Exclusions

I will shock any regular readers I have here – I actually agree with something the government’s done!

They are planning on stopping kids being able to go back to a school (against the head’s wishes) from which they are excluded :  http://www.education.gov.uk/inthenews/inthenews/a00208163/newrulesrestoreheadteacherspower

I should add here that my current school does not find itself needing to exclude pupils – we are fortunate in not experiencing that sort of behaviour – but I have worked previously in schools that need this sanction, and have a number of friends who still do.

The press reports on exclusions usually feature the child who has been excluded, and their parents, in a very sympathetic light, and go on about the effect it’s had on their education. You’d think from some of them that schools excluded kids lightly.  Personally, I’ve never heard of a school who takes such drastic action lightly – usually all sorts of things are put in place before such a final move.  And whilst it is undoubtedly a shame that the excluded child’s education is affected – it’s not nearly so much of a shame as the fact that the unacceptable behaviour of that child was affecting the education of all the other kids in the class.  If anyone should suffer the consequences of bad behaviour, it’s the child who is behaving badly, not their peer group.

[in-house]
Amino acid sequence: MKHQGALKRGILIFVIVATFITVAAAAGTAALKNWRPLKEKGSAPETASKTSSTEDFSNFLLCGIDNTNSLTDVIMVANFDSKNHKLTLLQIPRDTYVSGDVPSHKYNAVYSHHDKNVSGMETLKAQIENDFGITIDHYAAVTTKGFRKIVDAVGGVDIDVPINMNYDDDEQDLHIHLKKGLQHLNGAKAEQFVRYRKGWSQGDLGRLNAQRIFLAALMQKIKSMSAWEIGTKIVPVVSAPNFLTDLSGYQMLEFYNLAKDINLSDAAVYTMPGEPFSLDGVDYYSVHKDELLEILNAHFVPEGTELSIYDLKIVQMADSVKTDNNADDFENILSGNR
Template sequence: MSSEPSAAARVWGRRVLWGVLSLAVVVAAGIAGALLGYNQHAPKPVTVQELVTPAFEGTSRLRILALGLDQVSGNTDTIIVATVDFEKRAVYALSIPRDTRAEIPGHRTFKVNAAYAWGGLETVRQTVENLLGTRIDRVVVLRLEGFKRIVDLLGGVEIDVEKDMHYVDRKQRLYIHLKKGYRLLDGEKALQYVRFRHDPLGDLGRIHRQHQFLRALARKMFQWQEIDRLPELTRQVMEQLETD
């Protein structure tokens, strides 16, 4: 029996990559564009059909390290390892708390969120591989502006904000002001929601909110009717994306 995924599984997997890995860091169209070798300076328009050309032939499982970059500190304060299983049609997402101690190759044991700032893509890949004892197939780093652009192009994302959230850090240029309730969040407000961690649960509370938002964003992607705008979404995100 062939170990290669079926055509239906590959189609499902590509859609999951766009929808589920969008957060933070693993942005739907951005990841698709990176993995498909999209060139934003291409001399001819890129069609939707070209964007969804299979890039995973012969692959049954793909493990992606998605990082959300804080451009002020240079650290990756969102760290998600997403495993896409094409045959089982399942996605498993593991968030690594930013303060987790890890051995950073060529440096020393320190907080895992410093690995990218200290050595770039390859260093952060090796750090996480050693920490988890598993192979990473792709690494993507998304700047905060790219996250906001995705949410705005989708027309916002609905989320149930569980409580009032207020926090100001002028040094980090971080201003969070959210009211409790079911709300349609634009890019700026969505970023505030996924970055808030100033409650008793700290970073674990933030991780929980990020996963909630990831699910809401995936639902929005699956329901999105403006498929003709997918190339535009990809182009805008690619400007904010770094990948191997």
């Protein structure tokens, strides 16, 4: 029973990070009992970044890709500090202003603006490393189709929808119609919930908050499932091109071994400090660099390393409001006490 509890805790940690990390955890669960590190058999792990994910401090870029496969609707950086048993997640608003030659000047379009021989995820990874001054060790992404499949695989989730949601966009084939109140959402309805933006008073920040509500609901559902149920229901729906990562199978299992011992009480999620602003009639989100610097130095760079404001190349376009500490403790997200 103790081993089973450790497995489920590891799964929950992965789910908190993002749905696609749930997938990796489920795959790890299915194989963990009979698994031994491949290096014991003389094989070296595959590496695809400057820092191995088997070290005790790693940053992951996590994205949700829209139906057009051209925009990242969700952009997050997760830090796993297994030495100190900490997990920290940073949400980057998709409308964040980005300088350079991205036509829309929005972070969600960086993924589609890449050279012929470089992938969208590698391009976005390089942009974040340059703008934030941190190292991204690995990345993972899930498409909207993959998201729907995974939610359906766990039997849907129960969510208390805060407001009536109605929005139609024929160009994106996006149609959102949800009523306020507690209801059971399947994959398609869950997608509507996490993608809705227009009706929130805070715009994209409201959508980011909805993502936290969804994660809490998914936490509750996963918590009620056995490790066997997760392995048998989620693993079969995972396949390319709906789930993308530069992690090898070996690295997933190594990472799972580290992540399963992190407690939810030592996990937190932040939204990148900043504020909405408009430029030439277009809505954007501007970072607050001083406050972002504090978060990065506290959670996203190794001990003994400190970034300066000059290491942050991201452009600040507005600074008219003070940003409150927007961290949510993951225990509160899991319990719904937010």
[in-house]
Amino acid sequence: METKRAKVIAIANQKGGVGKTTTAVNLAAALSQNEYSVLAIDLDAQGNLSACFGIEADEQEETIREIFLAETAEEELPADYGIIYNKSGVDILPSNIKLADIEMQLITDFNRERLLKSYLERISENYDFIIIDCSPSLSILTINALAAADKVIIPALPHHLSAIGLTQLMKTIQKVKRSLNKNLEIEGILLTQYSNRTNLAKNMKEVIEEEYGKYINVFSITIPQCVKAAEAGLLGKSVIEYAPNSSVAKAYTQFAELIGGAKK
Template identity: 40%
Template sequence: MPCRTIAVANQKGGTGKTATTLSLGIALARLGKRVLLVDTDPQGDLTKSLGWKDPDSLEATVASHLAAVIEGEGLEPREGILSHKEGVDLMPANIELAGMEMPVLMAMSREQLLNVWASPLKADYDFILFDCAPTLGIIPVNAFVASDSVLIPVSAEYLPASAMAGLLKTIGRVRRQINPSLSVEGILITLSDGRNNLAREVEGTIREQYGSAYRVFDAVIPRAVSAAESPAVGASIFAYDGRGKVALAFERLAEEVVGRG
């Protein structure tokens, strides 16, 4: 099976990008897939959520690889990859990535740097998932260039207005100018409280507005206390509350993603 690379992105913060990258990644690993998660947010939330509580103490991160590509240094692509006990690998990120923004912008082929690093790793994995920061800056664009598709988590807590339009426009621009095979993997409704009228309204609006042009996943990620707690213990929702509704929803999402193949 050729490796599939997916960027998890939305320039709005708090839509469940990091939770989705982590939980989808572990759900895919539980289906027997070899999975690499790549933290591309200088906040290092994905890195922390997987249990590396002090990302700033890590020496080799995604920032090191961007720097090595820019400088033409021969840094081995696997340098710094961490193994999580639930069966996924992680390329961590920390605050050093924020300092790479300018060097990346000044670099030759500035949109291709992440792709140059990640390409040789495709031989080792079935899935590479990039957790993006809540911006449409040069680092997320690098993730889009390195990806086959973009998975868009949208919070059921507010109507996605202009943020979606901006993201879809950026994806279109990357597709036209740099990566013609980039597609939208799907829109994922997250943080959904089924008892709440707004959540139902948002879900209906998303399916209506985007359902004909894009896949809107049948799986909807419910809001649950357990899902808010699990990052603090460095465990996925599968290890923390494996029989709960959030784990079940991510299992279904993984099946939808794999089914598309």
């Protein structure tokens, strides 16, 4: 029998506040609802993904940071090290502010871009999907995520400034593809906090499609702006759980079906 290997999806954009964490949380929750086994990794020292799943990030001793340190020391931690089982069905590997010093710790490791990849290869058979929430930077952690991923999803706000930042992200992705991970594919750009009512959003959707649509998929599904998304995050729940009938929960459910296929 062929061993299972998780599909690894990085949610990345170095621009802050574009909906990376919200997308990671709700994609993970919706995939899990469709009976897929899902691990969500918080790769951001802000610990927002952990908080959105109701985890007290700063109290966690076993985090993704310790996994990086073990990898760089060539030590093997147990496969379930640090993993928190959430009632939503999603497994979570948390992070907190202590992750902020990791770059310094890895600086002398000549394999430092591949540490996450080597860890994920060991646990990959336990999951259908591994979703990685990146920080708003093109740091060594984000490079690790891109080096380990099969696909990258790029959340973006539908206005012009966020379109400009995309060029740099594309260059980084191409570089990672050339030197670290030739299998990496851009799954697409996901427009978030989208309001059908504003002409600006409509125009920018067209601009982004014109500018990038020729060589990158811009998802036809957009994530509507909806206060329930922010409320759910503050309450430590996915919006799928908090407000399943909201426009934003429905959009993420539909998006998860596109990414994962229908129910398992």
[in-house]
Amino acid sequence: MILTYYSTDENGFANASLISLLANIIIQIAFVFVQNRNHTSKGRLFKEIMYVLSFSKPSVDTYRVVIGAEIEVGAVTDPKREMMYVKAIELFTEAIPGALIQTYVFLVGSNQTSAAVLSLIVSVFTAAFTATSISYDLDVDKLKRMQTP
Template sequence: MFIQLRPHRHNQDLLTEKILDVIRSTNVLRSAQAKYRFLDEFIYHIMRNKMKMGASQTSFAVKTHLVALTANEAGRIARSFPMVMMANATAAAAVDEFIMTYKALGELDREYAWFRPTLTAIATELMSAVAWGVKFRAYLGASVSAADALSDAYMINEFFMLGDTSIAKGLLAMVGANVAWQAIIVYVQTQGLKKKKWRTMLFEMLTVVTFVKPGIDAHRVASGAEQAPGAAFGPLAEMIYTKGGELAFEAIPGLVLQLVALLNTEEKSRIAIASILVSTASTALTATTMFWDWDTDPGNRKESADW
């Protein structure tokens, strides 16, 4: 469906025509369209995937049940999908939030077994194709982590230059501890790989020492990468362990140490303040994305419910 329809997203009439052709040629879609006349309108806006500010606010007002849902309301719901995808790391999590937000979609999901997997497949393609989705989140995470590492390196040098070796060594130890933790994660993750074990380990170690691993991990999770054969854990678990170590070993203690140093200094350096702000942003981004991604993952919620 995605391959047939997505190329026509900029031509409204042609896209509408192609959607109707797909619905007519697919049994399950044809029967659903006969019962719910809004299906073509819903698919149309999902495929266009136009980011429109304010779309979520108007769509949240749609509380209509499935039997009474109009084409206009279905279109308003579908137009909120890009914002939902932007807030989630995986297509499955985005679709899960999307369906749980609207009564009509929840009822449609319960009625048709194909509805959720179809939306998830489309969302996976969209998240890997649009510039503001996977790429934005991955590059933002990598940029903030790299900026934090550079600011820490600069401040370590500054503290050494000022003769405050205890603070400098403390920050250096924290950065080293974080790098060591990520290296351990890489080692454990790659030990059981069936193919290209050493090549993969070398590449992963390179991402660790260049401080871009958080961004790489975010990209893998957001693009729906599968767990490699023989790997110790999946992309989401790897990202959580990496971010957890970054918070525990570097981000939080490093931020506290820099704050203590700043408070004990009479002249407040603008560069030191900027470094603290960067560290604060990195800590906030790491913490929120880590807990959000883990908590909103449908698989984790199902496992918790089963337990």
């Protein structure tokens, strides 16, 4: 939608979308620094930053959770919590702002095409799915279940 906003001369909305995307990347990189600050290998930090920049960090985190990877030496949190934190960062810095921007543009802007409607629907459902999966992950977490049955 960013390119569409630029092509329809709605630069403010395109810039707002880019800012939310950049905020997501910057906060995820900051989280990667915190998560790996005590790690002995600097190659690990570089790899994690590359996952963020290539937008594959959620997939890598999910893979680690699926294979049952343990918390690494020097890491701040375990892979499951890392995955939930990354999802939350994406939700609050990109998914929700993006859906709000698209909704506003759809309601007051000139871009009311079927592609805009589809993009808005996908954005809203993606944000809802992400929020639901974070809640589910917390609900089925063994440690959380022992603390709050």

I know people always say that it’s up to the teacher to control the class and stop the behaviour affecting the others. And yes, to a certain extent, that is so. But  some kids who are so out of control that no-one can do anything – for example, a friend of mine at quite a decent school saw a kid burst into the staffroom, waving a knife, saying “Where’s that b*****d ______”. Another friend encountered a child who had to be physically restrained from throwing chairs at all the other kids and out the window. Then you come across the 11 year old boy who couldn’t be near a girl without trying to sexually assault her.

I’m sure all those kids had all sorts of problems in their own lives. But their behaviour made them a massive menace to those around them.  Yes, fund alternative provision for these kids – and in my book, any teacher who is prepared to work with them should be paid a fortune for it! But schools must be able to exclude kids, to ensure the other kids don’t suffer and can get a decent education.

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